Last week Jill Domschot wrote a post that touched on something I keep meaning to write about.
There is a movement (and yes, it’s no accident that I’m using words like “duty” and “movement” in this context. We may yet even get to “steaming pile”) among certain folks that teaches… I am not sure how to put this…
As usual, we’ve got those who would corrupt the truth now running rampant and causing a whole lot of pain. Why do we always feel it necessary to twist the good news of Grace into a weapon that cuts others down? There’s no need for that, and it’s Satan in the desert, using scripture to taint, to corrupt.
There are those who teach that a woman who lets herself go is responsible for her husband’s eventual infidelities. After all, why shouldn’t he hunger for sex with the pretty manager of the marketing department if you’ve put on fifty pounds after the birth of your children? Why shouldn’t he yearn for carnal knowledge of a woman who can afford regular trips to the salon, if you guys are watching your budget and you don’t colour your own hair?
When I was a girl in Christian school we had a lecture in a girls’-only Bible class about how we should dress. It was our responsibility, it seemed, to keep the boys from thoughts of lust.* In fairness, I don’t know if the boys had a class of their own in self-control. Nevertheless the idea that I am responsible for someone else’s choice to sin seems a little bit…well, it’s the equivalent of “you got raped because you were asking for it.” It doesn’t hold the transgressor accountable at all, and it misjudges men. It makes men out to be some sort of slavering dogs not in control of their own actions.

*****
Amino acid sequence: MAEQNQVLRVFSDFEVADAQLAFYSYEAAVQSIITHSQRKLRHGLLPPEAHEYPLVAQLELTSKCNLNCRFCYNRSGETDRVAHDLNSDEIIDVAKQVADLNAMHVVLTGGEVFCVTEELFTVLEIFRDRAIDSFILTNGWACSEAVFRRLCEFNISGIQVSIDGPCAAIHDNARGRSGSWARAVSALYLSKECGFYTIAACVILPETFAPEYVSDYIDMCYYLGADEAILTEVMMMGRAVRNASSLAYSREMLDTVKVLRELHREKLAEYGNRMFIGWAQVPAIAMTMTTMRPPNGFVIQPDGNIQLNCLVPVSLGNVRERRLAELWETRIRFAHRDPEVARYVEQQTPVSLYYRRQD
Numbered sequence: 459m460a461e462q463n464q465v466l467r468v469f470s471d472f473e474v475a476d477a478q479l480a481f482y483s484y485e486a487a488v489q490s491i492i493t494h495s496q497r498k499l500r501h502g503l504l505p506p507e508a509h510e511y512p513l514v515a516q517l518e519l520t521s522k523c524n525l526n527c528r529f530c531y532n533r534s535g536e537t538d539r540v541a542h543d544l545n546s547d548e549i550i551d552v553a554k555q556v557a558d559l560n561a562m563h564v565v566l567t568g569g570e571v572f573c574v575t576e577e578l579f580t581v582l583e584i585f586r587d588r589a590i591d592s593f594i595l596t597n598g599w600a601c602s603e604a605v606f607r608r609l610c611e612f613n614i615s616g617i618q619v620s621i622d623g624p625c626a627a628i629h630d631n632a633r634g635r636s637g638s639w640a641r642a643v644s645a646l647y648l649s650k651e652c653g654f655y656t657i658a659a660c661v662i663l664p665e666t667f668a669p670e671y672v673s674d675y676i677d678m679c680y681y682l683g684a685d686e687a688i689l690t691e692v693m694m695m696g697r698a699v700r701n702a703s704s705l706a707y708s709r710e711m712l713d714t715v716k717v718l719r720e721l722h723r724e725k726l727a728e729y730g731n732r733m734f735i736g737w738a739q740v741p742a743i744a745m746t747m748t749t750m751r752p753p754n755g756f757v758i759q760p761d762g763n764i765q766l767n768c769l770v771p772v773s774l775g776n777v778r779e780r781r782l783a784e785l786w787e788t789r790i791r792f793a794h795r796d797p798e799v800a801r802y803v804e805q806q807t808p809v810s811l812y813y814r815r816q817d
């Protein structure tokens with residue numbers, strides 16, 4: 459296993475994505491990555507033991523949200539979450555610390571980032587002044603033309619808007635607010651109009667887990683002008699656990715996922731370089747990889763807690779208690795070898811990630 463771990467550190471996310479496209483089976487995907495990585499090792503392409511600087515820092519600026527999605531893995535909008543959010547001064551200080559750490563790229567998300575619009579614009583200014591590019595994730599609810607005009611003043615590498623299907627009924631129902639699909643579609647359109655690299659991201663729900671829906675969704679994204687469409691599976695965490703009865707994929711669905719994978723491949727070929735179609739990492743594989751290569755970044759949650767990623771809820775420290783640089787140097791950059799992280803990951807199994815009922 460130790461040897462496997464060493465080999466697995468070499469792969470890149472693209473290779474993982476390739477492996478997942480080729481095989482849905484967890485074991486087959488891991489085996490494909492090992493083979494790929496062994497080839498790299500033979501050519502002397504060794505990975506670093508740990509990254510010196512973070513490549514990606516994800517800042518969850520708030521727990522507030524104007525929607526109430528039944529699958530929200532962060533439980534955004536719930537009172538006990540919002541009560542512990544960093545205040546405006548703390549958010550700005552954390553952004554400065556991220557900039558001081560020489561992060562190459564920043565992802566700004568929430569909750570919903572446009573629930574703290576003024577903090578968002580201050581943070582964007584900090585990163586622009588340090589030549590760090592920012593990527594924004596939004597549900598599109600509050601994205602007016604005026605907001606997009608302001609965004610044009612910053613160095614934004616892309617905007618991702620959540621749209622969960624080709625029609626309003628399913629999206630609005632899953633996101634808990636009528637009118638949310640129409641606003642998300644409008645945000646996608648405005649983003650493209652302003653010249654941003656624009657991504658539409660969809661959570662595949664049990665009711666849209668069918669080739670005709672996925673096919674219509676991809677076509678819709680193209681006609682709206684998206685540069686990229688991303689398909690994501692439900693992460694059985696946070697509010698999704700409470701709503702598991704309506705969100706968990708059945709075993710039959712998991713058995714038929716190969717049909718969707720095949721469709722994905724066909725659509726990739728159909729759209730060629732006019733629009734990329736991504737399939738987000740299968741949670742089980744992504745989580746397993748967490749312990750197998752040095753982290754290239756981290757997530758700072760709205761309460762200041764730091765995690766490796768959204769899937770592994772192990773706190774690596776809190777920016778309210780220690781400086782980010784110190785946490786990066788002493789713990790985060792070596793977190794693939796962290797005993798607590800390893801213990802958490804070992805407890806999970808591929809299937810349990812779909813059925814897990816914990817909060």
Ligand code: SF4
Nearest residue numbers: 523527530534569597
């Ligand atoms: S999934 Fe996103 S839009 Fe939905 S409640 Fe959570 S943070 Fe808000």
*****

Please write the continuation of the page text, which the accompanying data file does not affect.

The nuances of a marital relationship are manifold. Mutual respect in any relationship is key, and no more so than in a marriage. Part of sacrificial love, however, is to love the other person in spite of flaws or “flaws”. That’s how God loves us, and if a Christian marriage is to be a reflection of how Christ loved the church, it’s your job as a husband to love your wife in whatever form she takes.
*I as a large-breasted girl had my own special lecture about not stretching back over my chair. It seems the constant backache I had from hauling around D-cups was to be put up with silently. Stretching drew too much attention to my “assets”.